Teaching Kids First Aid Skills


Teaching your children how to perform first aid is a life skill which can prove invaluable to them later on through their lives. If they ever come into a situation where they or their loved ones require medical assistance, they will be trained to be able to treat the person and possibly even save someone’s life.            

Use Everyday Examples

Children are best at learning when they learn in a practical way, and the best way to instil skills into your children from a young age is to teach them every single day with examples in your day-to-day life. For example, if your child trips over and grazes his knee, talk through what you do as you wash the wound, put a plaster on it and adding a little pressure on. Think about almost narrating the actions you take to help your child with an injury or illness as you do it. If you have taken a bls certification at any point in your own life, you could even demonstrate certain things with small dolls so that you child can practice and get used to it.

Make It A Game

Children don’t learn the same way that we do- and sitting in a class and writing down the way to do first aid will make the child lose interest very quickly and make them more likely to forget the information. By making it into a game and incorporating practical aspects to it all, your children will feel much more involved and be ready to play and learn as they go. Let them play doctor and fix wounds and injuries on their toys; you can guide them through the process. Soon you’ll be upgraded to the patient and you’ll be covered in bandages and plasters.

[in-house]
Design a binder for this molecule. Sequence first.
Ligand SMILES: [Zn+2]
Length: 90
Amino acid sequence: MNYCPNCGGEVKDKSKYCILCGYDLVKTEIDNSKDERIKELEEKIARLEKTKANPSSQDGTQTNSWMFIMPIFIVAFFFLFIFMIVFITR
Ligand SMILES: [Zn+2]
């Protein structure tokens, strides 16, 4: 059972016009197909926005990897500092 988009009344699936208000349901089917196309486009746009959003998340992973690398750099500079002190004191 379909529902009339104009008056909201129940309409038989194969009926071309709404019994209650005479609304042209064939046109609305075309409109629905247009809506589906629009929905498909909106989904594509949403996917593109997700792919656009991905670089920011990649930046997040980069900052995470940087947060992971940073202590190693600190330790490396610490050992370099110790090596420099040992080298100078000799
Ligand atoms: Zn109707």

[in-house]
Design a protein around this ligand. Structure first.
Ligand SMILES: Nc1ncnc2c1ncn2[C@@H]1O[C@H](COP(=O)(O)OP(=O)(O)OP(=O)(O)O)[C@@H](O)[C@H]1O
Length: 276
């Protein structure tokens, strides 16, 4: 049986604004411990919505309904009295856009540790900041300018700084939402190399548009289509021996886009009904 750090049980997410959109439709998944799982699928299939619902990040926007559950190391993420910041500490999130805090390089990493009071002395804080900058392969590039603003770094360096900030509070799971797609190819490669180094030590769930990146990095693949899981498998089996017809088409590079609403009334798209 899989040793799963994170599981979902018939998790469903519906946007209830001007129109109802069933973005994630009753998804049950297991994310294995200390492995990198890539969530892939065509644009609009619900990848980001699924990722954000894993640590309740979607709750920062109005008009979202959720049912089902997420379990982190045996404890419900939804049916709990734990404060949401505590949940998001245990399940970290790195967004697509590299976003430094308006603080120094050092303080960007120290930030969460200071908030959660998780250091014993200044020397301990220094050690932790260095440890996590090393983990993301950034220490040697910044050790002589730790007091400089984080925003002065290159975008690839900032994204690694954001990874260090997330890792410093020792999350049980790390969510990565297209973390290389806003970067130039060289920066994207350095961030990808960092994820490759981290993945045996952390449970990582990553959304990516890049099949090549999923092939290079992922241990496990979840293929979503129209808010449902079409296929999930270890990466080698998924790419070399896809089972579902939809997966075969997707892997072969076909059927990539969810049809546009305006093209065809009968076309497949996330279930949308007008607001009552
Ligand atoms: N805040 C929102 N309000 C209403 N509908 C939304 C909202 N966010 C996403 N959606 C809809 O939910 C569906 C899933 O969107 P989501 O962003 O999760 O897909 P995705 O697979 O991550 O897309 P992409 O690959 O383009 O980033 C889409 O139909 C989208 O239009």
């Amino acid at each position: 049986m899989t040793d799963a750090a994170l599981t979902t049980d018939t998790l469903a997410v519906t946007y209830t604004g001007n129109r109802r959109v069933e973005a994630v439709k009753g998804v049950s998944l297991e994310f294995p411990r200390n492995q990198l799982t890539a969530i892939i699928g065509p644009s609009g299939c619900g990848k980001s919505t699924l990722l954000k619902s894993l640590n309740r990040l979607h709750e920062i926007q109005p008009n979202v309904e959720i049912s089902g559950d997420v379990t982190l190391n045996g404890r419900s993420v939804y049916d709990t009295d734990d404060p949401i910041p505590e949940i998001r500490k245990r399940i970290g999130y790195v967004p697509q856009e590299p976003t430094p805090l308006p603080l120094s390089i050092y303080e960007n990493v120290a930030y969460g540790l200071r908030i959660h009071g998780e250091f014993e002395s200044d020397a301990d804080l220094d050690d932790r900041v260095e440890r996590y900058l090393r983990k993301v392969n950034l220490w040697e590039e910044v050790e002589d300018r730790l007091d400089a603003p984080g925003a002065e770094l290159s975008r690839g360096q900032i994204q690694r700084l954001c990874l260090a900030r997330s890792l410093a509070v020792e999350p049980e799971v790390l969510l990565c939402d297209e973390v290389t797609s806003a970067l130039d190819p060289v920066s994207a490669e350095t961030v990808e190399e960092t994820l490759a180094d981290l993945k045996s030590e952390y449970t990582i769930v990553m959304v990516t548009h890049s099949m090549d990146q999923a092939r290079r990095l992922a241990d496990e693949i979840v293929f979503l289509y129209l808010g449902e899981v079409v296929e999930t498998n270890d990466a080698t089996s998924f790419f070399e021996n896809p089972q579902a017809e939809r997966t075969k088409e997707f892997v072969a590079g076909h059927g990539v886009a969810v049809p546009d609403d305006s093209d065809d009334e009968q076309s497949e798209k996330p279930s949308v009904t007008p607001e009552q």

Teach Your Child How To Get Help and Explain the Issue

The other thing you need to teach your child is how they can call for help in a crisis and how to effectively describe the situation and symptoms. If something happens to you, your child will need to be able to call 911 and explain your symptoms to the operator on the line in order to potentially save your life. Make sure that he is able to recite your phone number and address from memory should the time ever arise where they need to call an ambulance to come to your aid. There is a four step process that your child needs to be able to recite and go through when they see someone in danger:

  • Danger. Is it safe to approach the injured person or are there any potential hazards such as electrical wires or sharp objects?
  • Response. Try to talk to the injured person and see if they are able to answer questions. If not, are they awake or unconscious?
  • Airway. If the patient is unconscious they will need to make sure that nothing is blocking the airway. They can tip the head back to make sure the tongue doesn’t block the airway.
  • Breathing. Check their breathing pattern– how often and deep that they breathe.

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